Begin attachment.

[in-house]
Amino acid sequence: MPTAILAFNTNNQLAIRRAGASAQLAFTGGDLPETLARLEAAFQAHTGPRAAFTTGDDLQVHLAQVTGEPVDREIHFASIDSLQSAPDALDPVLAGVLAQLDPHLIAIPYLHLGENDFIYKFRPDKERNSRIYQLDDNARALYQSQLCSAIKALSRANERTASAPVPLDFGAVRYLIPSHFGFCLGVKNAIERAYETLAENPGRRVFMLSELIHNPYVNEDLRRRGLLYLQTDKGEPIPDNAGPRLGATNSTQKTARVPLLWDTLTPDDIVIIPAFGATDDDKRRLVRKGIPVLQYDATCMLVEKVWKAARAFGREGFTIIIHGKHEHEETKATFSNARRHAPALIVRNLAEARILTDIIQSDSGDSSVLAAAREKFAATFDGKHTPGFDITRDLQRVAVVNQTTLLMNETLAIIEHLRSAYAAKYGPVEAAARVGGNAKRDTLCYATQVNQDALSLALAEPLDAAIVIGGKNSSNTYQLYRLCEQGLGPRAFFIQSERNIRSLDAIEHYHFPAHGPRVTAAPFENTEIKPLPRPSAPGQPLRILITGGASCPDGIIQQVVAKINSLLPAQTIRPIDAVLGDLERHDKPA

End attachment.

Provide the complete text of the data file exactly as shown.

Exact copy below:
[in-house]
Amino acid sequence: MPTAILAFNTNNQLAIRRAGASAQLAFTGGDLPETLARLEAAFQAHTGPRAAFTTGDDLQVHLAQVTGEPVDREIHFASIDSLQSAPDALDPVLAGVLAQLDPHLIAIPYLHLGENDFIYKFRPDKERNSRIYQLDDNARALYQSQLCSAIKALSRANERTASAPVPLDFGAVRYLIPSHFGFCLGVKNAIERAYETLAENPGRRVFMLSELIHNPYVNEDLRRRGLLYLQTDKGEPIPDNAGPRLGATNSTQKTARVPLLWDTLTPDDIVIIPAFGATDDDKRRLVRKGIPVLQYDATCMLVEKVWKAARAFGREGFTIIIHGKHEHEETKATFSNARRHAPALIVRNLAEARILTDIIQSDSGDSSVLAAAREKFAATFDGKHTPGFDITRDLQRVAVVNQTTLLMNETLAIIEHLRSAYAAKYGPVEAAARVGGNAKRDTLCYATQVNQDALSLALAEPLDAAIVIGGKNSSNTYQLYRLCEQGLGPRAFFIQSERNIRSLDAIEHYHFPAHGPRVTAAPFENTEIKPLPRPSAPGQPLRILITGGASCPDGIIQQVVAKINSLLPAQTIRPIDAVLGDLERHDKPA